With The Grand Budapest Hotel checking into Sky Store, Ralph Fiennes reveals his funny side with a delicious performance as a camp concierge. We caught up with him at the Berlin Film Festival to talk about his own experiences working in a hotel, his first movie with Wes Anderson and what it's like to direct.
Sky Movies: How did Wes Anderson approach you to make the film?
Ralph Fiennes: Wes said he apparently wrote this role with me in mind. He sent me a script and was a bit vague about what part he wanted me to consider. He said, “Tell what part you’d like to play.” 'Oh well, I suppose the big one.' I’m joking, it was a funny approach because it was slightly circular and then he said, “No, I’d like you to play Gustave.” Of course I said, “I’d love to.”
It was on the page, it was a great part, seemed very funny. It was a near fit - it was a part that lent itself to overt theatricality, it had a certain camp quality, But when you read it you thought 'Where can this go...'
SM: Did you draw on any real-life experiences?
RF: I did work in a hotel years ago, a sort of backstage where the hotel staff work and eat and change their clothes before going out into the hotel lounge or lobby and being on show. I worked in Brown's Hotel in London just before I started my course at drama school.
I started off as a house porter and was under the authority of the head housekeeper. I had to change shower curtains, bedspreads, lightbulbs, clean brass and hoover endless corridors. If they were short of staff in the hall porter department, the uniformed bit, I was occasionally promoted. I'd get tipped by jack the lads.
SM: You rarely show your funny side on film - was that part of the attraction?
RF: Yes it was. I hoped that it would be funny and I needed Wes's guidance about the lie of the land. They say comedy is the hardest thing and I think it is, especially without an audience. You feel something my be funny but you just don't know. Wes has finely honed his sense of humour. He really knows. Like all good comedy I suppose it's rooted in some sort of reality.
SM: Can you see why actors keep coming back to work with Wes Anderson?
RF: I think it's a bit like a theatre company where the director forms a working relationship.
SM: Do you feel confident when you're working with a good director?
RF: You go on a gut instinct that someone is observing you, giving you good notes. You have an instinct - it’s a good note or when it’s a sort of bullsh*tting note. I think all actors are quite quick to sort of feel, 'This person’s really seeing what I’m doing and they see my weaknesses or they’re letting me breathe.'
Like anything to do with trust, in any relationship it emerges and just the chemistry, vibe between two people. You just know whether this is someone I like to be with whose interaction with me I believe in.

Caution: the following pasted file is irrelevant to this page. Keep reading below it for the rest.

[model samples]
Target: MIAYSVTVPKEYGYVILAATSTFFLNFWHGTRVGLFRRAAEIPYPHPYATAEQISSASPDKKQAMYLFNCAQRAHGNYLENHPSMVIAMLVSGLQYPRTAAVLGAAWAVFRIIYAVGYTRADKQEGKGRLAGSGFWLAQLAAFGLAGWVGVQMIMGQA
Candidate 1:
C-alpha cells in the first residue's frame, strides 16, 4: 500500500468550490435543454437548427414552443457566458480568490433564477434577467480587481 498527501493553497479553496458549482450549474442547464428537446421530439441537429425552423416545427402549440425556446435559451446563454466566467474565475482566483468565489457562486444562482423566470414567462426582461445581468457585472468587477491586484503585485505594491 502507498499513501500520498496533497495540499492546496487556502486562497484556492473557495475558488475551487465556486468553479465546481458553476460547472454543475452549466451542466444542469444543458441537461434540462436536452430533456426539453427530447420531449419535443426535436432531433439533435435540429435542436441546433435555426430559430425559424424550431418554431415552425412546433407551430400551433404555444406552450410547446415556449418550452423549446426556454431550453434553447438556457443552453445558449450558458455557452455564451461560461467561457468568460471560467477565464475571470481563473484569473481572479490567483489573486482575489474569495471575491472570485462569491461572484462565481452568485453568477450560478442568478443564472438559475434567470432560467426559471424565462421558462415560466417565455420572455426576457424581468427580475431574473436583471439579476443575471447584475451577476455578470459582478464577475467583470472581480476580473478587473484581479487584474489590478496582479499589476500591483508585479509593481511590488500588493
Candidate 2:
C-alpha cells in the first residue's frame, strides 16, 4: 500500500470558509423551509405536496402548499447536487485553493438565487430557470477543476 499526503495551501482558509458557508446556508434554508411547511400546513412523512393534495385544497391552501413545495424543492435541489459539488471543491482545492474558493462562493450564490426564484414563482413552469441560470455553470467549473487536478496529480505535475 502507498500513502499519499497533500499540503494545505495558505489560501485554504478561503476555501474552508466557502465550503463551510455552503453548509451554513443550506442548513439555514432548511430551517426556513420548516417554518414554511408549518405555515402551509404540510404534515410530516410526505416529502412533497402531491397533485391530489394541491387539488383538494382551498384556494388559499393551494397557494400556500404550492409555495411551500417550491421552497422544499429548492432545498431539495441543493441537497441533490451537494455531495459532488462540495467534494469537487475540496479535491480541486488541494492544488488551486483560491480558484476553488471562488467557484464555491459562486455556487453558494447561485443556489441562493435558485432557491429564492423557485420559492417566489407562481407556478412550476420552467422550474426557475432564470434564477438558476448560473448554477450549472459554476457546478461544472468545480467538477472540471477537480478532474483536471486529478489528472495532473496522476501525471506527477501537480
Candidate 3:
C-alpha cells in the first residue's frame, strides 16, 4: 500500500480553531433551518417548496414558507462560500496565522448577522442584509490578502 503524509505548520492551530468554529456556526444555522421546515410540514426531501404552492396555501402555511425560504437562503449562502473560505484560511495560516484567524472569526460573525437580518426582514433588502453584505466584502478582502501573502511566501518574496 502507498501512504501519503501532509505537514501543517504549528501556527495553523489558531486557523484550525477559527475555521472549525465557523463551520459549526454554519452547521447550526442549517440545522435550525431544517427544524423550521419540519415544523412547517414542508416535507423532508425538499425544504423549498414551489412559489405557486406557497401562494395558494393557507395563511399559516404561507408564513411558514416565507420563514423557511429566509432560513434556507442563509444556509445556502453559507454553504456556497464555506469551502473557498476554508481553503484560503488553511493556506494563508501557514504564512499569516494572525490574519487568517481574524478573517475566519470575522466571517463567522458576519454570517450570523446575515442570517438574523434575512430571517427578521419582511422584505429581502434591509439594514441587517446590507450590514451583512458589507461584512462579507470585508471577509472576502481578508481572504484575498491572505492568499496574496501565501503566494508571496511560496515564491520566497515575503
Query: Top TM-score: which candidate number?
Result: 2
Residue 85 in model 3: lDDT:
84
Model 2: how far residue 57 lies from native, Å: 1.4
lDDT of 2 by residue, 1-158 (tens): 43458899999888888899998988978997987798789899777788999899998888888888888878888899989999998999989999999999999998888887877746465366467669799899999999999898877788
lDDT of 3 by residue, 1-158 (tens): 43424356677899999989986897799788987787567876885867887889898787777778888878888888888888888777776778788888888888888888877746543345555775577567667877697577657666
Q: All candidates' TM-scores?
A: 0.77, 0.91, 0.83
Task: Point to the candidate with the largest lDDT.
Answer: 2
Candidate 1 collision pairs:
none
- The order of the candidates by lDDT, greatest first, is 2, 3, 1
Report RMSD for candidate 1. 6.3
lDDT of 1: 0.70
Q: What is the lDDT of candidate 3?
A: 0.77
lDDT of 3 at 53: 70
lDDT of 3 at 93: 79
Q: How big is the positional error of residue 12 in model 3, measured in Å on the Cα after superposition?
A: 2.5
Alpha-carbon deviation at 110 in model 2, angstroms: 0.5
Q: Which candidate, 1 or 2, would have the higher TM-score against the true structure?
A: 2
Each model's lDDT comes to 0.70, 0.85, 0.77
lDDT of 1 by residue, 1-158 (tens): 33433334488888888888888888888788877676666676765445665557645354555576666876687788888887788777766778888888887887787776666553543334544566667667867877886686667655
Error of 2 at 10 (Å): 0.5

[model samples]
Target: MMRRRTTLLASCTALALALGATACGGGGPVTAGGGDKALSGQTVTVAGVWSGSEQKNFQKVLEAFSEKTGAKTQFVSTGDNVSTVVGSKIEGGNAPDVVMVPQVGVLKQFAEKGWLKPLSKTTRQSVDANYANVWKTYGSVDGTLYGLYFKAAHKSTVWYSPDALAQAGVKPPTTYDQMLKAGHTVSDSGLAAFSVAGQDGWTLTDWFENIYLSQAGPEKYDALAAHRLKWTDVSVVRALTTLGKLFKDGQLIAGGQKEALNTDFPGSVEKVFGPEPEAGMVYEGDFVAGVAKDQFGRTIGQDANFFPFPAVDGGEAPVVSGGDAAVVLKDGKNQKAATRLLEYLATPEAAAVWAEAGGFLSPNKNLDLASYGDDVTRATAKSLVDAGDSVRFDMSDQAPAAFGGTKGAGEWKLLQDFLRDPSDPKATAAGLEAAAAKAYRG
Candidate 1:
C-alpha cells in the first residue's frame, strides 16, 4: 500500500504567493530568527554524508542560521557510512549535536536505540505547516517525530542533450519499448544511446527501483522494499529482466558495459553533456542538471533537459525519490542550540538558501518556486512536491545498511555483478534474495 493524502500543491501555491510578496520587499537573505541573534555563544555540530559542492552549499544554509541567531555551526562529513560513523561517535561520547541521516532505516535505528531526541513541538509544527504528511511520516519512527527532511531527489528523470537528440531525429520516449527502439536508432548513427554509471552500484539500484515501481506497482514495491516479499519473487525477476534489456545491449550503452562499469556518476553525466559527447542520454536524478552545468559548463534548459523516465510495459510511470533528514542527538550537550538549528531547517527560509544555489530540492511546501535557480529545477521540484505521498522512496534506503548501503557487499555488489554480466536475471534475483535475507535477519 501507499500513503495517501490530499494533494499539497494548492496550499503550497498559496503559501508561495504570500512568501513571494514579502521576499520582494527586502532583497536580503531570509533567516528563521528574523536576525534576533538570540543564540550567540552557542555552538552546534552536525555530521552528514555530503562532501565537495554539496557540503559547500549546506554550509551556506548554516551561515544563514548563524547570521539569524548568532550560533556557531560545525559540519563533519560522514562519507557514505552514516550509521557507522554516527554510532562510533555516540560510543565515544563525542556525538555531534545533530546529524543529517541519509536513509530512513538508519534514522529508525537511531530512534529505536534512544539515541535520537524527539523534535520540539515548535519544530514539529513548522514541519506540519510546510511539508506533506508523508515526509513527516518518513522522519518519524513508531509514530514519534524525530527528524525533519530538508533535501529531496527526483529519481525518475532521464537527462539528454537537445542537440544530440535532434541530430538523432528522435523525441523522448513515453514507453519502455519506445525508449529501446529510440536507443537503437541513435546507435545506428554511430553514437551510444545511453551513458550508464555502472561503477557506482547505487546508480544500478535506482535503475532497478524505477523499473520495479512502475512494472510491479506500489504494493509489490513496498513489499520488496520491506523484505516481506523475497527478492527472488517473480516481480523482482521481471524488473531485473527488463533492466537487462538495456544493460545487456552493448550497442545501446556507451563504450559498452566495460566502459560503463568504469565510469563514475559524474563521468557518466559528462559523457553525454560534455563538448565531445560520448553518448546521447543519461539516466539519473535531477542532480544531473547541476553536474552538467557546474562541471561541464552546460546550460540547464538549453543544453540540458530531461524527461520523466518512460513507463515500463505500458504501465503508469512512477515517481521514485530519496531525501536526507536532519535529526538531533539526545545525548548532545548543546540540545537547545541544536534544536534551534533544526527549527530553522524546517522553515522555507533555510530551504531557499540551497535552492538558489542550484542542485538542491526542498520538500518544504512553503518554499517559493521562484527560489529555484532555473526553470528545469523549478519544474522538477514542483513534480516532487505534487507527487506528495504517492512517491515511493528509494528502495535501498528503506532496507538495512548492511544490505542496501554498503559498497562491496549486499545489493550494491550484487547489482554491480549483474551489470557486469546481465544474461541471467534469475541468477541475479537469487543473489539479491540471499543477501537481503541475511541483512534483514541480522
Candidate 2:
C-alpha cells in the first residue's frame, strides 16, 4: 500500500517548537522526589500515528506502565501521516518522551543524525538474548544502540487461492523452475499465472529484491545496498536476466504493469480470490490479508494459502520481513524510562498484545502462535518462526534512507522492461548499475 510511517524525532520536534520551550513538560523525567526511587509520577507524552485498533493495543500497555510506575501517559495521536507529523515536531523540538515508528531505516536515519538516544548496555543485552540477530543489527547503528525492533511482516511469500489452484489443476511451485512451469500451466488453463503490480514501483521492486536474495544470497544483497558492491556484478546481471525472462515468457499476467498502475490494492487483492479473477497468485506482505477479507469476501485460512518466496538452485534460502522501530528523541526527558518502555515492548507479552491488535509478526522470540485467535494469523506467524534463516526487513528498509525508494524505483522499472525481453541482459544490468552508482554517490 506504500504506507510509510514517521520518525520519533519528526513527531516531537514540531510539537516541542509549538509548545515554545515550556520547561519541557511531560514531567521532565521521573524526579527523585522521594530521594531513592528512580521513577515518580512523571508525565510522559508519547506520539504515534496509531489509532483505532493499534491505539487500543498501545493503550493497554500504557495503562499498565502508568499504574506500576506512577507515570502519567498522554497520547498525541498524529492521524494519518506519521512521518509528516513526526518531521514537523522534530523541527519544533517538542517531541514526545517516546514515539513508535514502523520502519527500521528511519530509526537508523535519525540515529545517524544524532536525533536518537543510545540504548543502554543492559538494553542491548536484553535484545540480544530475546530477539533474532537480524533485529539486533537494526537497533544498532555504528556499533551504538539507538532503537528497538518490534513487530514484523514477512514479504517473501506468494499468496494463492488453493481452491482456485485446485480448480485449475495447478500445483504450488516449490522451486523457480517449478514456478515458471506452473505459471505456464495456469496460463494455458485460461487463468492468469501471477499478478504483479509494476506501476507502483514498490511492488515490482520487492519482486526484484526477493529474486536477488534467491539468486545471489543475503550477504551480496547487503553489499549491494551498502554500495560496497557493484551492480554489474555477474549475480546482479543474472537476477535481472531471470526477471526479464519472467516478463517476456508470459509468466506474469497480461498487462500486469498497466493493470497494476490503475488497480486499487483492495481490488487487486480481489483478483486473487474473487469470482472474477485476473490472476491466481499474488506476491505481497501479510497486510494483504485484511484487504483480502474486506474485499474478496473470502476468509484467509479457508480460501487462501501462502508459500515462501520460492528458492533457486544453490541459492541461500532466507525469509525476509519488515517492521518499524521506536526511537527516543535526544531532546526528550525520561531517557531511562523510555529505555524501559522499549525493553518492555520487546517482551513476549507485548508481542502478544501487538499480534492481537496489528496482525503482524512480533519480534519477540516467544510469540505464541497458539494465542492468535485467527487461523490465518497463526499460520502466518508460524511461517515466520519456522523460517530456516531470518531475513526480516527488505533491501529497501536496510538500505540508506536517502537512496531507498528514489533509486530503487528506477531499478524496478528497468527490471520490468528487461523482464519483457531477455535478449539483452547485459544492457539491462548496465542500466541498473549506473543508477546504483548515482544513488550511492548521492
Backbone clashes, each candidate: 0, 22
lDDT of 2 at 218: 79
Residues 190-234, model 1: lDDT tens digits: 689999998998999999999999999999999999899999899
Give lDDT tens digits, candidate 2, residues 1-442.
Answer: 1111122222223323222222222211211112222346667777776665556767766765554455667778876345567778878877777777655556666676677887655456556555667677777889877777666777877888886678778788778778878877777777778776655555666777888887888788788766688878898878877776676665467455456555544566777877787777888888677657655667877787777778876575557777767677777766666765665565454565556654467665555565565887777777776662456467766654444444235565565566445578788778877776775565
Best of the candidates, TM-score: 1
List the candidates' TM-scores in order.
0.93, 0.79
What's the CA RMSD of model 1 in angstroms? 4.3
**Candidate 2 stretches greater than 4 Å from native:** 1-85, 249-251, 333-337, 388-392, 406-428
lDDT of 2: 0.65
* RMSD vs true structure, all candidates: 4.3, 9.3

SM: Wes Anderson is know for being very precise - were there any times when you pushed back, having been a director yourself?
RF: There was only one time when I felt that pre-arranged camera moves - which I tried to make work because it required me and Tony (Revolori, co-star) to go to these different places in the course of a scene. They’d been pre-decided and I couldn’t make them organic, I tried to. In the end I did say, “I’m really finding this hard. I’m trying to make it work.” And there’s a thing when something, you just feel it works.
Sometimes it cuts right across your instinct and that’s when I might resist. I believe you should say, even if the director might be insistent, I think it’s very important to say, “Look, I’m not feeling this. I’ll try to make it work but I got to let you know.”
SM: Has the experience of directing changed you as an actor?
RF: The actor shouldn’t edit themselves or be anxious. On the day, be free. And the actors that I admire are always the ones who are inventive and their imaginative life in free-willing. It’s a director’s job to go, “Not here, don’t do that, go there.”
SM: The whole cast spent the time together living on location in Gorlitz. What was that like?
RF: I just remember a great atmosphere of us all being together, at night, in the evening, that’s what I’m carrying in my head. On the sets it was very cold and we’re all in a green room together and being fed coffee and sandwiches, waiting and waiting and waiting.
That was a wonderful sense of camaraderie because the conditions were quite basic. There’s no studio-style special treatment for anyone and that creates a great atmosphere - everyone’s the same.
SM: Did Wes insist you all ate together...or did it just happen?
RF: They were totally voluntary. We all went out to these restaurants. Often, I would want to change the pattern but it was a constant and that’s always good to know it’s there.